Benn stresses that he served time as a junior minister at the Home Office, a hard enough job even if you aren’t in charge of prisons.

One of the disadvantages of being the son of Tony Benn is that people tend to imagine Hilary as just like his father.

He is, again, avuncular when asked if a famous father is a blessing or a burden:

“In the end I think it kind of evens out. Sometimes it meant that people were more friendly toward me, sometimes people were less favourably inclined towards me, in the end it can only take people so far.

“I am me, he is him, I am incredibly proud of him he has been enormously supportive of me but each of is ourselves.”

I am accused of not being supportive, being one of those feral beasts in the media.

Benn waggles his finger at me as he defends Tony Blair’s astounding assertion that it is the press who are to blame for public cynicism about politics and politicians.

“There is no doubt that the perception of spin has harmed politics in general. That’s why I talk about a more straightforward type of politics. My sense is that there is a type of yearning for that out there.

“Why have we got the problem? Partly down to us as politicians, partly down to you as journalists.

“Let’s put it in very sharp terms. Ask people about their most recent experience of using the NHS. 80% say good, very good or excellent. Ask people what they think of the state of the NHS in general, what answer do you get?”

Benn, 53, was raised in a household where the NHS was just one symbol of the collective power of the Labour movement.

His father was a leading member of the party and Hilary, one of four children, worked as a policy adviser in various trade unions for 22 years.

An unsuccessful Parliamentary candidate in 1983 and 1987 in Ealing, where he was a local councillor, in 1997 he was appointed a special adviser to Education Secretary David Blunkett.

He won a by election in Leeds Central in 1999, and by 2001 he was a junior minister at International Development.

After a short spell at the Home Office, he returned to DFID in May 2003.

Five months later he was appointed Secretary of State for International Development, and in that role he grants aid to countries that criminalise homosexuality.

As a tax-payer, why should I pay money to help Jamaica, for example, where gay people are beaten, abused and murdered?

“We are trying to deal with poverty and part of what we are doing is trying to help them improve their policing.

“In the end, at International Development, I can’t pretend I am going to be the government of all these countries. We might as well tell the truth to eachother.

“You may be in a country where you have a rotten government. Should you be penalised twice over, once because you are poor and once because you have a rotten government?

“I don’t think that is the right approach. Those countries must answer for what they are doing and those societies must try and change in the way that we have made the change.”

Homophobia has become an issue closer to home as well, namely in eastern Europe.

The Polish government repeatedly talk tough on homosexuality, with new laws to ‘protect’ children from gay influence, and the President predicting the end of the world if homosexuals are given equal rights.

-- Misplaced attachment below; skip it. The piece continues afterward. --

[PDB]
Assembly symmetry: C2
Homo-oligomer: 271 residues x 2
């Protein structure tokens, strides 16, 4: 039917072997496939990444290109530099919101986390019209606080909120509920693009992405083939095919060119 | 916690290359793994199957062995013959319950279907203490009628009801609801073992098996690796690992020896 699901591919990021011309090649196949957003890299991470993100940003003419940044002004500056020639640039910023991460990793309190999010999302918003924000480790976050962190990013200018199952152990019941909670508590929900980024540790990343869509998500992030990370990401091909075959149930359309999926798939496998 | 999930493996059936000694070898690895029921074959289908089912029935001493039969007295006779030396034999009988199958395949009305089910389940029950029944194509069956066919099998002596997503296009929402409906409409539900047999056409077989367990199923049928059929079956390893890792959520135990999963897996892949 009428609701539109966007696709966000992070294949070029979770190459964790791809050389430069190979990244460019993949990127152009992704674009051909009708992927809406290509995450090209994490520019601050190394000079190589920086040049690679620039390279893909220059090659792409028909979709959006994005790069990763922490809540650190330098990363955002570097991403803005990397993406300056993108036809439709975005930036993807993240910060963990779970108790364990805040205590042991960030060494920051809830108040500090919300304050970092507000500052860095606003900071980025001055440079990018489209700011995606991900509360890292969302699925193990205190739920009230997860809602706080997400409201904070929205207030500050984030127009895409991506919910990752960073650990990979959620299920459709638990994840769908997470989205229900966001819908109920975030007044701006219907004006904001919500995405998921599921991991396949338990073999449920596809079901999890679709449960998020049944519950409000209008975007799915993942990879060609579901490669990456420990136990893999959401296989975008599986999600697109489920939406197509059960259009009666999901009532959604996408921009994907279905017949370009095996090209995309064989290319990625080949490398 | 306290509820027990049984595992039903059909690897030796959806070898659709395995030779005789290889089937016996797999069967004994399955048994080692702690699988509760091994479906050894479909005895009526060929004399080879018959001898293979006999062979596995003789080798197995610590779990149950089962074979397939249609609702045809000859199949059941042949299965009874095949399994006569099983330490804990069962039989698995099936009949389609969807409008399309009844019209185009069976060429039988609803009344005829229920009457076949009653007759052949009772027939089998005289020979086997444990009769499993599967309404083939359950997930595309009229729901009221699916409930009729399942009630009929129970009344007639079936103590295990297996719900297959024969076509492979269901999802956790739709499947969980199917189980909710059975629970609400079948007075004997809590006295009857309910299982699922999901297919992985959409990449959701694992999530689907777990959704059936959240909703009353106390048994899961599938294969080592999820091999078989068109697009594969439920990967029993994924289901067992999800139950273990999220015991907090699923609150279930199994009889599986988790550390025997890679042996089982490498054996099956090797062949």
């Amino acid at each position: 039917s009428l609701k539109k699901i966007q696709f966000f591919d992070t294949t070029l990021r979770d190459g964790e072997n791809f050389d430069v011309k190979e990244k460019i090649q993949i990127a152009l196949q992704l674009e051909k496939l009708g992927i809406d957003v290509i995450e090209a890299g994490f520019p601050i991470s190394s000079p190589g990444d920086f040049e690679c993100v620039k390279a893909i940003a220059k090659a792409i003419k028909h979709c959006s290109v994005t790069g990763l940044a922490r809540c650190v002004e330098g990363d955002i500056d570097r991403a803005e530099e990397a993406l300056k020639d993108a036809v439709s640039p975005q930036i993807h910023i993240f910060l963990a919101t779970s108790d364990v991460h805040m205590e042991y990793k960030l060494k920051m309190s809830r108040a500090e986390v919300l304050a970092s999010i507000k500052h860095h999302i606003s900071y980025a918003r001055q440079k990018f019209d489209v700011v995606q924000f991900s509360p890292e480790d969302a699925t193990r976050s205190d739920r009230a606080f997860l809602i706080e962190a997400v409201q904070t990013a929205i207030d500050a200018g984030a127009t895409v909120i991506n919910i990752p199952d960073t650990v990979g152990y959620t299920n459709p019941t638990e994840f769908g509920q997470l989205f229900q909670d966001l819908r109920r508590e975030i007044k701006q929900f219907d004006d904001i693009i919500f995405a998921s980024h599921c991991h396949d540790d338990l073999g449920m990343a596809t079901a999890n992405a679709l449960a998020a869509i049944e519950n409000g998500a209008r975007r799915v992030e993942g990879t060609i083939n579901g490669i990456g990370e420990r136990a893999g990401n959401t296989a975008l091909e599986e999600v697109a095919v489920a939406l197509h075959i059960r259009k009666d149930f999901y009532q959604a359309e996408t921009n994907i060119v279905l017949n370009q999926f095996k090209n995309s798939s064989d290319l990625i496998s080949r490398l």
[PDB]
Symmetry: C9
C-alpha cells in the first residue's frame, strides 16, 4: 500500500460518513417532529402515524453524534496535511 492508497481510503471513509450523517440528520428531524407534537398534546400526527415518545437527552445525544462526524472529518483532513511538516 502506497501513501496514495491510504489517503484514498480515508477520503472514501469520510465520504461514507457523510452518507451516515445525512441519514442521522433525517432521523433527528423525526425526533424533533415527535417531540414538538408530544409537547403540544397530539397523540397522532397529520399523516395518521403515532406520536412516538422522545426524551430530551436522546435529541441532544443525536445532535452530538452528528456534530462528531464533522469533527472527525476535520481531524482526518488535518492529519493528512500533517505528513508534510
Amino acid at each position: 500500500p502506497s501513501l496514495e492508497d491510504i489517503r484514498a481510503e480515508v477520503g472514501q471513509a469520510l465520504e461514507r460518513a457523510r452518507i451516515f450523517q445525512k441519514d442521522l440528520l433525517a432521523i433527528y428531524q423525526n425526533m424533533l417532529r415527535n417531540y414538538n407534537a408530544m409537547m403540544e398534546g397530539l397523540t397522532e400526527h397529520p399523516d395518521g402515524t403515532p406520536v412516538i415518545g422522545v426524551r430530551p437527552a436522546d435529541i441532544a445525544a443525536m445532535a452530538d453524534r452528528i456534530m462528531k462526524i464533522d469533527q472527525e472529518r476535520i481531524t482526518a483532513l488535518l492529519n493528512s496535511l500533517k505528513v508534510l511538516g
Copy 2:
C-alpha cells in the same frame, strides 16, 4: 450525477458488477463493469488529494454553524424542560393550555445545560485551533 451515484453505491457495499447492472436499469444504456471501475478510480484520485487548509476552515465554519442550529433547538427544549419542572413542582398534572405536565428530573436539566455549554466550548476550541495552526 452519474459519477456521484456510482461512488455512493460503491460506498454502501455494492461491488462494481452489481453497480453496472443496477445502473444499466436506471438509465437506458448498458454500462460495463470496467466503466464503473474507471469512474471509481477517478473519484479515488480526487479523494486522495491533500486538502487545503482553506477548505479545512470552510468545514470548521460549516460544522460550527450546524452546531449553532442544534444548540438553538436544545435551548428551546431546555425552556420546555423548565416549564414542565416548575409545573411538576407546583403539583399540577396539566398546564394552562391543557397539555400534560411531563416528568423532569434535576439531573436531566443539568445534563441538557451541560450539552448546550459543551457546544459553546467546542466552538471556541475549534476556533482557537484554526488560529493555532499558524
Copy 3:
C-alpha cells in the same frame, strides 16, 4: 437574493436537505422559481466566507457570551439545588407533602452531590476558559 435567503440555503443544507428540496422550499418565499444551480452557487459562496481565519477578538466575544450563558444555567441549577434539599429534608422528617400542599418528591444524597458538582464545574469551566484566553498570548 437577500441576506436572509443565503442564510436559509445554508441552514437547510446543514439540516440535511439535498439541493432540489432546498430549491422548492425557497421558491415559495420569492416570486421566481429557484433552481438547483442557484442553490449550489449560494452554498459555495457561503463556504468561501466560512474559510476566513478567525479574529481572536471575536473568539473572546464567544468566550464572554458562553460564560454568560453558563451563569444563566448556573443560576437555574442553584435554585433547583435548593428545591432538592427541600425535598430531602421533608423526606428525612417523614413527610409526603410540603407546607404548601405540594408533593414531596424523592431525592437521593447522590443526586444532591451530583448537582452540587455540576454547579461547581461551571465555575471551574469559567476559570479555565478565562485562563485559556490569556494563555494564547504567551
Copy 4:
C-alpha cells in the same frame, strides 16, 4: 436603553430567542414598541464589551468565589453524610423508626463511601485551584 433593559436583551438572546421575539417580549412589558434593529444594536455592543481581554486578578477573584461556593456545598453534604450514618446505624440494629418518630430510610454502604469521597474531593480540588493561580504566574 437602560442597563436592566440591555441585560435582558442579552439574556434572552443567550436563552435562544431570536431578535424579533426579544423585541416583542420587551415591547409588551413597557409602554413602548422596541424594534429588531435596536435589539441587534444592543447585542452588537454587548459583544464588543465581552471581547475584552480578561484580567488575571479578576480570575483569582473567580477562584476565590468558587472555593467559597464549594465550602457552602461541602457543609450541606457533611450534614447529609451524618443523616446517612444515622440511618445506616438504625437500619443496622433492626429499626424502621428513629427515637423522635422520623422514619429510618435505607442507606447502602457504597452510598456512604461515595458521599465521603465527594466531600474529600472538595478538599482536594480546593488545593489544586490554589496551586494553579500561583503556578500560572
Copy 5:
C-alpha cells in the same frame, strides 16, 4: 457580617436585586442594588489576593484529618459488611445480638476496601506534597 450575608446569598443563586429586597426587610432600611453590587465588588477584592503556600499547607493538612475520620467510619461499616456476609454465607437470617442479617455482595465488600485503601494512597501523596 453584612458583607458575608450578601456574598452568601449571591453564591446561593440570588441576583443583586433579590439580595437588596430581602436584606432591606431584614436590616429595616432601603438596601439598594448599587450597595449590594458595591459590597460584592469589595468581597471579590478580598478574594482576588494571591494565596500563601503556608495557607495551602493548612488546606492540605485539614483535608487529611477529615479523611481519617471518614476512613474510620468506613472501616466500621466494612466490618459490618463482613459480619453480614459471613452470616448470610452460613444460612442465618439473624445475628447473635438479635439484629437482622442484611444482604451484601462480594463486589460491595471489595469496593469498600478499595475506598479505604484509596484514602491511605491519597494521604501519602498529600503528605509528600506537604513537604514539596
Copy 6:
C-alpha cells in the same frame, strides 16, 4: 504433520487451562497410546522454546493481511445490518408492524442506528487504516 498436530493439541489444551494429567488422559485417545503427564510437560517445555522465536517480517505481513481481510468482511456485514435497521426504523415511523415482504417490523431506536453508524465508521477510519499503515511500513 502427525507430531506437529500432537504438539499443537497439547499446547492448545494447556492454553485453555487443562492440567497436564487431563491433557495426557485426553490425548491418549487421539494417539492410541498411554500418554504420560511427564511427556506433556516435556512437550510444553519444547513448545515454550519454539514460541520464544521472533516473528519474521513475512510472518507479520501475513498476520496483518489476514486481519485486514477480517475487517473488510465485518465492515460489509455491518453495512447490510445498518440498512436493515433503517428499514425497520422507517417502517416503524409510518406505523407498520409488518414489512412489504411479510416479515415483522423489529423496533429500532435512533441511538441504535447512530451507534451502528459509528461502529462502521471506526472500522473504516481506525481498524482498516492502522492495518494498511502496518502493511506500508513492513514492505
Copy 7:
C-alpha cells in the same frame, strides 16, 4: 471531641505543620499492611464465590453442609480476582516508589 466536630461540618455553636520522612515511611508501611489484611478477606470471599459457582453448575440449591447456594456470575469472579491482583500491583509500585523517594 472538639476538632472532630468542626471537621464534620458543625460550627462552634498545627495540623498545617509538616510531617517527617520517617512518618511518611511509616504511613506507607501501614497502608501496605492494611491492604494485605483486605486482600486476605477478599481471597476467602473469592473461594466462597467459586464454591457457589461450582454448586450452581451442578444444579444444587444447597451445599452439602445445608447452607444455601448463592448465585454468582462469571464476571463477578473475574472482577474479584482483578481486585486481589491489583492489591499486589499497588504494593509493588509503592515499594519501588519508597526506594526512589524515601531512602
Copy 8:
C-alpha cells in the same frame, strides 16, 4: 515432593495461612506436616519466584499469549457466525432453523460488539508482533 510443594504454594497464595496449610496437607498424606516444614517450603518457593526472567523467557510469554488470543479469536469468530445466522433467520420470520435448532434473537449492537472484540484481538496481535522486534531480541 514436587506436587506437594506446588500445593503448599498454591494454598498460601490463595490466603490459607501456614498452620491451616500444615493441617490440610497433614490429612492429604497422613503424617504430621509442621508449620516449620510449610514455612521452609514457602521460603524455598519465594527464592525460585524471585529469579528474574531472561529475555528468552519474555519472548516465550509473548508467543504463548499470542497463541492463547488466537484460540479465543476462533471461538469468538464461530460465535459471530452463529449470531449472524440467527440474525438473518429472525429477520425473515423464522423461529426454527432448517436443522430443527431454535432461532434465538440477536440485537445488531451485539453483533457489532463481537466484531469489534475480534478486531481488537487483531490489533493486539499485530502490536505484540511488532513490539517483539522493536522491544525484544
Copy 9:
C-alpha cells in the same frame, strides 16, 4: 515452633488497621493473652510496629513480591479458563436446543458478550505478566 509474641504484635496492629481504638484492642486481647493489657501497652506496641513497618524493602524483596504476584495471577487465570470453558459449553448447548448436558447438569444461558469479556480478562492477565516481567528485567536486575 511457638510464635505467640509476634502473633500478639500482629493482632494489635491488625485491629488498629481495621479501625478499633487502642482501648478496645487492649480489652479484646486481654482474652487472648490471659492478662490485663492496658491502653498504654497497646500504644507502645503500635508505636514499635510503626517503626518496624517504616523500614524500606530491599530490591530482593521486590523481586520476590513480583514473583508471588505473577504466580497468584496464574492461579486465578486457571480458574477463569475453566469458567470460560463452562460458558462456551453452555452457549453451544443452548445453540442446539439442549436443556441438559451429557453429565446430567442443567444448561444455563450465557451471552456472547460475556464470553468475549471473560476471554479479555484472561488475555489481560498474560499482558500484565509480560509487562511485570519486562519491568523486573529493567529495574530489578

These are the people we are in union with. What use is the EU if it cannot guarantee the rights of LGBT people?

“It is not an easy process, and I must say, seeing some of those pictures, and hearing some of those reports of what has gone on is pretty disturbing.

“But, as our society has shown, we have seen a transformation in your lifetime and certainly in mine. We criminalised people when I was born, up until we changed the law.

“I reflect on my own political life, my experience as a councillor in west London in the 1980s.

“Ealing council was by no means the first, there were other pioneers in London, but I remember the first time that we put adverts for teaching jobs in the gay press, saying we welcome applications regardless of sexual orientation.

“Some people were apoplectic.

“I remember about ten years later, I was standing on Turnham Green underground station, waiting for the District Line to arrive, and next to me was this large poster, urging people to join the police force. At the bottom it said ‘we welcome applications from people regardless of sexual orientation.’

“I remember that very moment thinking ‘that is how our society has changed’ and people do get it in the neck for being part of a pioneering process.

“We are profoundly different and profoundly better as a society as a result of that change and that is a combination of legislation, things we are really proud to have put on the statute book, but it is also social attitudes changing.

“Each society has got to make that journey, and politics can be both a powerful force in helping to make the change, and also use legislation as a bookend on social change, helping to solidify it within society.

“It is about each country standing up for the values it represents. It is about offering support to people who are trying to stand up for those values, and leading by example. Those are the things that we can do.”

The votes for Deputy Leader are already in.

On Sunday 24th June, Gordon Brown will be declared leader of the Labour party.

And once all the second preference votes have been cast, and perhaps third preferences as well, the party will have a new deputy.

Bookies, who after all make a living from correct predictions, think it will be Hilary Benn. What is his vision for the job he is tipped to win?

“If this is about party members having a voice, a greater voice in what is being decided, then members want a voice on policy.

“Therefore if you want the Deputy Leader to be in part your voice then he has to be in Cabinet with policy responsibility, on the committees and arguing all of that.

“In the end it is ideas that will bring people back into the party, it is causes, passions, things we haven’t yet done. That is what motivates people to join political parties.”